School of Business students are getting firsthand experience in the world of investing, thanks to the Kansas City University Venture Partnership (KCUVP).

Launched by investment firm Royal Street Ventures and the Ewing Marion Kauffman Foundation last year, KCUVP exposes Kansas City area students to early stage investing. The program is based on the University Venture Fund in Salt Lake City and includes a curriculum introducing students to private finance, including angel investing, venture capital, growth equity and private equity. Participants also work on projects from investment firms and startups throughout the area and manage the student-run Kansas City University Venture Fund.

“Through the projects, students learn not only how to complete projects with sometimes ambiguous terms and data, but they also make valuable connections in the community,” said Laura Brady, partner at Royal Street Ventures.

KCUVP has offices in WeWork, a co-working space located in Kansas City’s Crossroads Arts District, but students can often work remotely. Rather than being paid hourly, they receive a scholarship each semester.

Weston Hack, a KU junior majoring in finance and computer science, has been involved with KCUVP since its inception, participating in the spring 2017 pilot program and now serving as a senior associate. The position requires him to oversee projects and make sure the Venture Fund is finding deals and making good investments.

Junior Weston Hack said traveling to Park City, Utah, in April 2017 and 2018 with KCUVP has been one of the highlights of the experience. Students met with members of their sister program, skied and attended Thin Air, a festival that explores leadership performance. Pictured: Weston Hack; Wilson Hack, 2017 KU School of Engineering graduate; Cachet Hancock, 2017 KU School of Law graduate; Rylee Fuerst, KU MAcc student; and Max Soto, KU engineering student.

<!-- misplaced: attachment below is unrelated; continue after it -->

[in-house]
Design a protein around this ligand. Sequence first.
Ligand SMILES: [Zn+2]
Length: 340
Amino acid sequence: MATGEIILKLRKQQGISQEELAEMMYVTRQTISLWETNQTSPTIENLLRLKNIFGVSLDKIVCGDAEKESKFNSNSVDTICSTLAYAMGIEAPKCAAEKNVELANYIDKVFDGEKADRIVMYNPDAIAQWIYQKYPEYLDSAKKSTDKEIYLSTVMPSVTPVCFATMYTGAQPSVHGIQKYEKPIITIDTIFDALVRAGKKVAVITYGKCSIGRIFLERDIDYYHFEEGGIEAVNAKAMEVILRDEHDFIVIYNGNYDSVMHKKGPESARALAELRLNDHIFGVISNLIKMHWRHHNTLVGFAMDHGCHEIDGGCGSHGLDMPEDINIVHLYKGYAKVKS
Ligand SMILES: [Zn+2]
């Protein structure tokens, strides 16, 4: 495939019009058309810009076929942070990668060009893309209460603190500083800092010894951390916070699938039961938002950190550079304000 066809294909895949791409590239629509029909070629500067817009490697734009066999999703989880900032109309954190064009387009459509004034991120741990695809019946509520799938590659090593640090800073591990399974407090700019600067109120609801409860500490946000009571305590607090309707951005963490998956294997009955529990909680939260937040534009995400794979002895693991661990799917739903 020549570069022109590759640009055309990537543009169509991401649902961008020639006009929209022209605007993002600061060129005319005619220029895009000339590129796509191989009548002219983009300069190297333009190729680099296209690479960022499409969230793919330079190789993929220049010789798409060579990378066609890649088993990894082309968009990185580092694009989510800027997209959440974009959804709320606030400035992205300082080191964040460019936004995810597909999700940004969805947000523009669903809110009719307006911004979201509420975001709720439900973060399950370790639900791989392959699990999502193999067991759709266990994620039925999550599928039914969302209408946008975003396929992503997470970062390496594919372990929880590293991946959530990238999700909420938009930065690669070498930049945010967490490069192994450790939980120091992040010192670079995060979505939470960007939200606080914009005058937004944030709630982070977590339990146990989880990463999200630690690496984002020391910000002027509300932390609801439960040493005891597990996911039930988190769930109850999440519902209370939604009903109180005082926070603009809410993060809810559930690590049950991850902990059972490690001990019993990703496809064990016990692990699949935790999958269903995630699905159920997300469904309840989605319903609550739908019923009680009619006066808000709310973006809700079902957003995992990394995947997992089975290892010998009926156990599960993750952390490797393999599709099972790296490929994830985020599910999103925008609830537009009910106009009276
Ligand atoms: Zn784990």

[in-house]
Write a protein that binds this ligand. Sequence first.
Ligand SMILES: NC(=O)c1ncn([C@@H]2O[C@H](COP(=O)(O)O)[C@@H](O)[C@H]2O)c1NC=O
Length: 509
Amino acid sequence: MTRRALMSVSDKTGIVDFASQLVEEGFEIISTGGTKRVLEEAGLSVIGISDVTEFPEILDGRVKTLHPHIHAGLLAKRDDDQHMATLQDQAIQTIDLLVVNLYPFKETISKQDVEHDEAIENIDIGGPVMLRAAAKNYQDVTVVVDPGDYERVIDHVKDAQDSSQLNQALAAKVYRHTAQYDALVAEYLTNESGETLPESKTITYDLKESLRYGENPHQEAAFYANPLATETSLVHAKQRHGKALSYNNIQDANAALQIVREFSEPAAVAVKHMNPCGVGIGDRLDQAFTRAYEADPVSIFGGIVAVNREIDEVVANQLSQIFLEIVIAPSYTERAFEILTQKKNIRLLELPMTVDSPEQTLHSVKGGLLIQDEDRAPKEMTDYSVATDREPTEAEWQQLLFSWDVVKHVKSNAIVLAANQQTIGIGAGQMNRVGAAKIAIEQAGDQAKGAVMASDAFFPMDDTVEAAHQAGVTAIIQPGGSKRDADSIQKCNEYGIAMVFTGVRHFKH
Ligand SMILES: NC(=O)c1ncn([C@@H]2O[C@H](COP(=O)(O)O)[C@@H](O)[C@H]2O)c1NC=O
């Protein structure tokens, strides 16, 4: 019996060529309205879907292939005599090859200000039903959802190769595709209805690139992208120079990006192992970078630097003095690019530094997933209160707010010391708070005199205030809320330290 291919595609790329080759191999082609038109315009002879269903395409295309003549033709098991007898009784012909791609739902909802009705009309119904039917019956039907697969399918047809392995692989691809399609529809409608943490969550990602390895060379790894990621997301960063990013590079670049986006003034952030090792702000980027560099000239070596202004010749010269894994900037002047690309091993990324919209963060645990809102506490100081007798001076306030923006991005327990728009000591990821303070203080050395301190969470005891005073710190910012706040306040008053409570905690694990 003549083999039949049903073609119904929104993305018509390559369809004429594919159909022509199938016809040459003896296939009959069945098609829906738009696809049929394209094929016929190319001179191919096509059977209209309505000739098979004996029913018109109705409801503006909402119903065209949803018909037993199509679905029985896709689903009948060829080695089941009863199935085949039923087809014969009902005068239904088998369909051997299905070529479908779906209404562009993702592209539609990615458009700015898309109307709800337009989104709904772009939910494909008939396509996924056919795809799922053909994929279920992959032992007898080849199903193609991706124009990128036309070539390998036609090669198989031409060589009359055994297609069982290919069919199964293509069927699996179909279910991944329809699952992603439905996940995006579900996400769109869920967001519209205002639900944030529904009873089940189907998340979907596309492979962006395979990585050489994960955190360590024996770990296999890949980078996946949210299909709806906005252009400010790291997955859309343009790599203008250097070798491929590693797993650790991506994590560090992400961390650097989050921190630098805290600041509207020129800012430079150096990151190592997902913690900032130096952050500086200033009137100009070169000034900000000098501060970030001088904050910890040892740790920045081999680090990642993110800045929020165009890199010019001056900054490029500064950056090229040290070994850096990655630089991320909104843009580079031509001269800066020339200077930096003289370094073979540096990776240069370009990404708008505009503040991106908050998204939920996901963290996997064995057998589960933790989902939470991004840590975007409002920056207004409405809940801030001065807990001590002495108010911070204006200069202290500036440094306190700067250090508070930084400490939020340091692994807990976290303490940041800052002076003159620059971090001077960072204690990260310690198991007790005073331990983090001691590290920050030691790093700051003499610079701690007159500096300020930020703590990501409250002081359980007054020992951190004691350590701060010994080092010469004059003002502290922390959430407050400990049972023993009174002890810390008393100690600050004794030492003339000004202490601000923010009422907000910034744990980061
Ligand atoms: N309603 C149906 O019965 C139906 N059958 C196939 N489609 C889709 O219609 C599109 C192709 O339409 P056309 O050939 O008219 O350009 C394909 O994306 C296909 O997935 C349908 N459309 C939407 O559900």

“Having real dollars that we can put to work in the Midwest area and help build up the ecosystem here, it’s been a really cool experience to be a part of,” Hack said.

Working for KCUVP has helped him decide what he ultimately wants do in finance, and Hack also can see himself putting the lessons learned to use as an entrepreneur.

“I’d love to start and run a company later on, so it’s been cool getting more immersed in the entrepreneurship ecosystem in Kansas City and throughout the Midwest and learning the struggles that founders of companies go through, not only when they’re raising capital, but just on a daily basis,” he said.

Hack is one of nearly a dozen Jayhawks currently involved with KCUVP, which also includes students from other local universities. They come from a variety of academic backgrounds, including business, law, engineering and even graphic design.

“Having students from a wide array of disciplines and a variety of universities participating in KCUVP creates an environment similar to what students will encounter when they start working in the ‘real world,’” Brady explained. “This diverse educational background also leads to substantive discussions when completing projects or determining whether to invest in a particular startup.”

Senior marketing major Mikaela Myers started with KCUVP in August 2017 and has enjoyed seeing the different approaches team members take when solving problems.

“I loved the fact that I got to be in a room with such smart people,” she said. “I felt like I was learning from the students around me just as much as I was learning from the entrepreneurs.”

Because she had not previously studied finance in depth, Myers appreciated learning the ins and outs of investing from the curriculum. Activities where students chose whether they would invest in certain companies and then got to hear what Royal Street Ventures actually did and why were particularly helpful, she said.

Myers is currently in charge of deal flow and deal management for the Venture Fund and will start a management position with Amazon after graduating this spring. Although her new role will not involve investing, Myers said her newfound understanding will continue to help her personally and professionally.

“Now that I have this knowledge and I’m able to speak intelligently about it, I feel a lot more confident in my decisions and choosing things that will benefit me down the road,” she said.

Learn more about KCUVP and apply to participate at

KU Business

News and stories about the students, programs, faculty and alumni of the KU School of Business

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Stories about the students, alumni, faculty and staff of the University of Kansas School of Business.

KU Business

News and stories about the students, programs, faculty and alumni of the KU School of Business

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